Following his Hoove catastrophe yesterday, Tom M1EYP dropped his paddle off last night for a “repair”. His brief was clear in that he did not mind what level of butchery was required in that it did not work and thus if it was ruined in the effort, he would just buy a new one.
The weak point in the design seems to be the connector at the rear of the key. The contacts appear to get corroded causing dots or dashes to fail. The socket is glued to the key body and was easily prised away. Removing the contacts was less easy and required the plastic housing of the socket to be destroyed. I then cut the metal parts back and tinned the three leads. The corresponding pins on the plug were tinned, splayed slightly apart and soldered to the leads. The heatshrink sleeving on the plug was trimmed in such a way that it sat snuggly in the area left by the socket. When reassembled, this holds the plug in the body of the key and thus provides strain relief.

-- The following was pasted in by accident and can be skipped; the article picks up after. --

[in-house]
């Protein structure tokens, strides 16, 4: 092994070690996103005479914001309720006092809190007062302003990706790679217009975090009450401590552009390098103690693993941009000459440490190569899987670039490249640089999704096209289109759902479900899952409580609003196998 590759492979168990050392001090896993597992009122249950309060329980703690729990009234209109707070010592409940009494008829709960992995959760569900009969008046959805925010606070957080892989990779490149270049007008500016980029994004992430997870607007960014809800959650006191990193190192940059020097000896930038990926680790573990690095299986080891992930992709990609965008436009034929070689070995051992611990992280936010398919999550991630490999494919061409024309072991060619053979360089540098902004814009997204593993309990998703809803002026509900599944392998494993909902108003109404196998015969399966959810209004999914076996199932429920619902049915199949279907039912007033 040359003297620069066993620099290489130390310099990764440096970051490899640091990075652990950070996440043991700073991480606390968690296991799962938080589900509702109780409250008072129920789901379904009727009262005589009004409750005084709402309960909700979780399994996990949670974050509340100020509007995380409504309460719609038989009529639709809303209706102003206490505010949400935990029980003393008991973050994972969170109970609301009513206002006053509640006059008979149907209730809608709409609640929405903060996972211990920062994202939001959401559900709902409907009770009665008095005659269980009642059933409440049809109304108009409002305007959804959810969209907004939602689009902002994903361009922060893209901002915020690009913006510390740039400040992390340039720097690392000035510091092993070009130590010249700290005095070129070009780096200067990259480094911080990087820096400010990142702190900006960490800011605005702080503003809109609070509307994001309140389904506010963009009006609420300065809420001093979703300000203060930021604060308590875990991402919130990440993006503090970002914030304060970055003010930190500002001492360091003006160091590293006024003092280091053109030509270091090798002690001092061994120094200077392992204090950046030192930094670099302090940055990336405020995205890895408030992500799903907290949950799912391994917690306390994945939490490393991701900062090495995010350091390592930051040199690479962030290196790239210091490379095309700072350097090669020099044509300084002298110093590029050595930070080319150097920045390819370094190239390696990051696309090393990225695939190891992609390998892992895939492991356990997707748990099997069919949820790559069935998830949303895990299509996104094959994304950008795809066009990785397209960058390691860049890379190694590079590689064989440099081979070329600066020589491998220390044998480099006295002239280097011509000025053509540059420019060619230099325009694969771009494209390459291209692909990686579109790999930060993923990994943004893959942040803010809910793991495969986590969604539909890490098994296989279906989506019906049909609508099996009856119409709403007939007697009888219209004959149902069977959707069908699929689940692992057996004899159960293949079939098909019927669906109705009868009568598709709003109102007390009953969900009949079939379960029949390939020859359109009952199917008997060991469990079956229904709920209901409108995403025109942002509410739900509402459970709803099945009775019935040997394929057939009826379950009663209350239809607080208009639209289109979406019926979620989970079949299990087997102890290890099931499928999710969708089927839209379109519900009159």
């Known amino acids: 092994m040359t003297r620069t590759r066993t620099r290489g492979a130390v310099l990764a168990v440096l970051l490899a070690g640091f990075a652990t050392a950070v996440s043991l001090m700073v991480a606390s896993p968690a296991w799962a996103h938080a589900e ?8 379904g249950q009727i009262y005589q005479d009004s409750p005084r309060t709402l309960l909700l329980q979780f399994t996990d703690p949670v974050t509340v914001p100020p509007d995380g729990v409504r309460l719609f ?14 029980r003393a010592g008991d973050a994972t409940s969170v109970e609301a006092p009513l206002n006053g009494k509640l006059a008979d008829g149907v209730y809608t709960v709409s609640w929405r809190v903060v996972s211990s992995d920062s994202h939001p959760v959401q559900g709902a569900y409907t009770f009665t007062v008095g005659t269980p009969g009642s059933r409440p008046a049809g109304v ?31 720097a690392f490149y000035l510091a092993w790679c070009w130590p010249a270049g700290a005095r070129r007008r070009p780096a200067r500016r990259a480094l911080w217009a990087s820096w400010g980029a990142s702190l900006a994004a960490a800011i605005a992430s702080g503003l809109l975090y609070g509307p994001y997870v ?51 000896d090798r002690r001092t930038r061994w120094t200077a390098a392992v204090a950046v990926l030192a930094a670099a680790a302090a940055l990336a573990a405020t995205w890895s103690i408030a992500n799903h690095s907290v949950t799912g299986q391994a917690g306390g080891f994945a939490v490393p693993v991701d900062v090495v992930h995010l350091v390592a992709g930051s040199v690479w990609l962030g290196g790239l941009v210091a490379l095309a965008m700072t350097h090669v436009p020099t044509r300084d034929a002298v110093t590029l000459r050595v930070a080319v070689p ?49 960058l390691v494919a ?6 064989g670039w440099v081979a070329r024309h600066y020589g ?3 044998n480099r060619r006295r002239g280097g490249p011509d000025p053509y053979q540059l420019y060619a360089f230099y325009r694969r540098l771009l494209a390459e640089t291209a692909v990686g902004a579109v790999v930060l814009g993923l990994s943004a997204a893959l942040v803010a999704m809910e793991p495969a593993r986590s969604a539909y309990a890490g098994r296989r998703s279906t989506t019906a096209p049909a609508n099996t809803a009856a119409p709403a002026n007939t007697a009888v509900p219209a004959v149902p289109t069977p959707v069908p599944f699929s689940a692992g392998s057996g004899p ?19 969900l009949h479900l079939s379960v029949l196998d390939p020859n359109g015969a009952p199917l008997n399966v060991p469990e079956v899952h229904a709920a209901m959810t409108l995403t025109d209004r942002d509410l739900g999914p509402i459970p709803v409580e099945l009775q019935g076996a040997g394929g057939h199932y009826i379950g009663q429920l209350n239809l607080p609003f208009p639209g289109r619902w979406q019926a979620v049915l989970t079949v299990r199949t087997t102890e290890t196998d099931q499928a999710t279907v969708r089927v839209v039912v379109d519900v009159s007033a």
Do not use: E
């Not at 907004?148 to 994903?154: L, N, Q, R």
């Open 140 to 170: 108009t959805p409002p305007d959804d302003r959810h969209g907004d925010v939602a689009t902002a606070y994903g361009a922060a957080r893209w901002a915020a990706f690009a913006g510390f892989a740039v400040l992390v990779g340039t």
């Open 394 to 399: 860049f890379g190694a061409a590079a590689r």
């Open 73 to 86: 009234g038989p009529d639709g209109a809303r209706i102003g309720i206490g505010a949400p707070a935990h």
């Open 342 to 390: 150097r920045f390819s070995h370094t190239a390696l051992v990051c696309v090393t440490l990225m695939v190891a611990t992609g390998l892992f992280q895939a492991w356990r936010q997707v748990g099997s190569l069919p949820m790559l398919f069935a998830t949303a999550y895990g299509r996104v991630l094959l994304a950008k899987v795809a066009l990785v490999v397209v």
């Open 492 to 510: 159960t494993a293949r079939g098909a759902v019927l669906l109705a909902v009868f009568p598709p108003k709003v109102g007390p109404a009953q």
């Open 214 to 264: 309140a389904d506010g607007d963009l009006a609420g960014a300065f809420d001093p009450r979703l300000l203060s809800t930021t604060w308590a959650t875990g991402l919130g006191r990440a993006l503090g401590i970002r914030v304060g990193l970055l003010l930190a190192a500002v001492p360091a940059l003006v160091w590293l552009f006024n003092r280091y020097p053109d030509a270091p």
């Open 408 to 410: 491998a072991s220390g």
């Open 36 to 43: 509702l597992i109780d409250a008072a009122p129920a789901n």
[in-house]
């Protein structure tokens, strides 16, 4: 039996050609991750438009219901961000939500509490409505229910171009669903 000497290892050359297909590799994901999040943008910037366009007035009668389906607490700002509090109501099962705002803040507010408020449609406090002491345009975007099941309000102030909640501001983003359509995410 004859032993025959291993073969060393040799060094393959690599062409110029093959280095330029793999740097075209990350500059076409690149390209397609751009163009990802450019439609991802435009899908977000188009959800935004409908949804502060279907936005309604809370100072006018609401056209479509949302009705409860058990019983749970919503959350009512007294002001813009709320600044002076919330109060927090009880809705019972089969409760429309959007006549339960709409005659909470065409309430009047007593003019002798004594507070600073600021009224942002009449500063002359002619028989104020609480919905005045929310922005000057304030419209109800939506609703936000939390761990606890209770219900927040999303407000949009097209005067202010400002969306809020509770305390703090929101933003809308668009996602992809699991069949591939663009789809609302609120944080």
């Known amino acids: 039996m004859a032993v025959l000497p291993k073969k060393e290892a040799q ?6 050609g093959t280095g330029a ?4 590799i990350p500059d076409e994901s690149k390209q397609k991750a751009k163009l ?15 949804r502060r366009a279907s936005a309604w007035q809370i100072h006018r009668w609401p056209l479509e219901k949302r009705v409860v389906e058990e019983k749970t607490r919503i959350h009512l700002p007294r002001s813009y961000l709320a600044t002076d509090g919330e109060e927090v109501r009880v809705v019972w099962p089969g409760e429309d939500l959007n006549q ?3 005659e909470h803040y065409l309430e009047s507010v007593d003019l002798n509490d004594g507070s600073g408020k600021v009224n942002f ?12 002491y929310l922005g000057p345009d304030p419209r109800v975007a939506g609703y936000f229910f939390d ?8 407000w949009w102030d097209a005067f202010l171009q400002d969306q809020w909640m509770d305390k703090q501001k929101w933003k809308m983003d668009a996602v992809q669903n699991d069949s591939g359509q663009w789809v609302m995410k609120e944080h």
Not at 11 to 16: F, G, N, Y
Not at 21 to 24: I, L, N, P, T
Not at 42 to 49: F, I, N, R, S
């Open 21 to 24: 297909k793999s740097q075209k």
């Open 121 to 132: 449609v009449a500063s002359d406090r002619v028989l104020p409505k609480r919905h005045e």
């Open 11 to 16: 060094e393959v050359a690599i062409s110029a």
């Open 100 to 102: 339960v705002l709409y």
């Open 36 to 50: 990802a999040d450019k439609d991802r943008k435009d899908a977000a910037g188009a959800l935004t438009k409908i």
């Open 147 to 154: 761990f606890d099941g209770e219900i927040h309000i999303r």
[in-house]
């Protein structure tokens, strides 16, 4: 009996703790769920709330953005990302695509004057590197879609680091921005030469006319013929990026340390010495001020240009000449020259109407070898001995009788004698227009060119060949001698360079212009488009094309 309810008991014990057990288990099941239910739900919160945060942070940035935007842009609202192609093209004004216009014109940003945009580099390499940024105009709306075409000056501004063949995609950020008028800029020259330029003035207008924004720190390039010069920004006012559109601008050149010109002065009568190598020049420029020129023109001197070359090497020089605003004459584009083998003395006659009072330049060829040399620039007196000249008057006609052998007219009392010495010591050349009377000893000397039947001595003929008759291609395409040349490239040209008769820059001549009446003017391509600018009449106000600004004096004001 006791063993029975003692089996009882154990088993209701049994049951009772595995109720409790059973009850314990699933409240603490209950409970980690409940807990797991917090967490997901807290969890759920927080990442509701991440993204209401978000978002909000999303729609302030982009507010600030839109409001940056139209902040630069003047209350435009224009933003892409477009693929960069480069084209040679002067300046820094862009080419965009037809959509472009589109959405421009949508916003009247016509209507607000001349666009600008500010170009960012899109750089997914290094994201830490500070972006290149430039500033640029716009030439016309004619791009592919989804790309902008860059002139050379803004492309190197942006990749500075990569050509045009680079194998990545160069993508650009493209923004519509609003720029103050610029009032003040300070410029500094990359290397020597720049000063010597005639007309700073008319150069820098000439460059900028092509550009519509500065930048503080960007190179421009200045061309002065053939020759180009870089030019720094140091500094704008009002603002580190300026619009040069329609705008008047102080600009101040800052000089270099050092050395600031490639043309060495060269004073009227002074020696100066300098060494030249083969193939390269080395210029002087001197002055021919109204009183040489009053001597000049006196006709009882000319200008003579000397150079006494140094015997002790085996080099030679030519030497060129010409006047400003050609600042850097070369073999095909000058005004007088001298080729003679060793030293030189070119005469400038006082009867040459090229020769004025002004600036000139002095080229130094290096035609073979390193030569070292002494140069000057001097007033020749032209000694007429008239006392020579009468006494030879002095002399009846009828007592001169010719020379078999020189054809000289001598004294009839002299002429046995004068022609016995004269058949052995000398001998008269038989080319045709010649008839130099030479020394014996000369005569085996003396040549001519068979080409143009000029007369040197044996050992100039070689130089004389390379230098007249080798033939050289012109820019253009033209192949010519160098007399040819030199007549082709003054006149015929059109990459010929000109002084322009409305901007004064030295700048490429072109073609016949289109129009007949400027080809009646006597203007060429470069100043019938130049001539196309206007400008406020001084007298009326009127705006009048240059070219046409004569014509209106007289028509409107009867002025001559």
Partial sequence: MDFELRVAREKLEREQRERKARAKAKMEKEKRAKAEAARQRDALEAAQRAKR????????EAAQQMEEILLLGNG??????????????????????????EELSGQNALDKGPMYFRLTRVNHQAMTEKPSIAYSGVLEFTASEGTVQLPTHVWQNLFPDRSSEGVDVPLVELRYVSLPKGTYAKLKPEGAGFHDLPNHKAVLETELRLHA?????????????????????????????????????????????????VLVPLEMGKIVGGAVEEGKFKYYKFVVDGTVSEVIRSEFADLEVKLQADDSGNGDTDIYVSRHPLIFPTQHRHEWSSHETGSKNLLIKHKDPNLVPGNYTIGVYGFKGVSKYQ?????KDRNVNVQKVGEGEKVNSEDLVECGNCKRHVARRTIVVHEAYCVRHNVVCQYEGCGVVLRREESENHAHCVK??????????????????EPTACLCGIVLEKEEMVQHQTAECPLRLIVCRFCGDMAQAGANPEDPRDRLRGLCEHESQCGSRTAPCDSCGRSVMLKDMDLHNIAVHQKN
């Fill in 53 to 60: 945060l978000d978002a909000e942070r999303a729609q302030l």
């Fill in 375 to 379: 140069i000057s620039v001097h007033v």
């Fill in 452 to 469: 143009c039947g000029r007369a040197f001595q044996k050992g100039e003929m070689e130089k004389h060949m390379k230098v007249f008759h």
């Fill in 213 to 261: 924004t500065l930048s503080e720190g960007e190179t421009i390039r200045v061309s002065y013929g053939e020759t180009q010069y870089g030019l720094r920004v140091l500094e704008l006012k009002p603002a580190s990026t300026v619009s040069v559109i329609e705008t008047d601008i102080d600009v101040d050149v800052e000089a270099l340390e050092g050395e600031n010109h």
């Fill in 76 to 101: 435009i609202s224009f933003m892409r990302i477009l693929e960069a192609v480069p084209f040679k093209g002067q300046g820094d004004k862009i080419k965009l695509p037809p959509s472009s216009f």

To get the key reassembled I used some silicone grease on the plug assembly to make it slide a bit better against the outer cover of the key. The cable is remarkably firmly held and the whole thing looks good (on the outside anyway). The key now works fine although the slide in/out is not quite as good as before. Total time to repair about 10 minutes.
No doubt Tom will thoroughly test the repair over the next few weeks.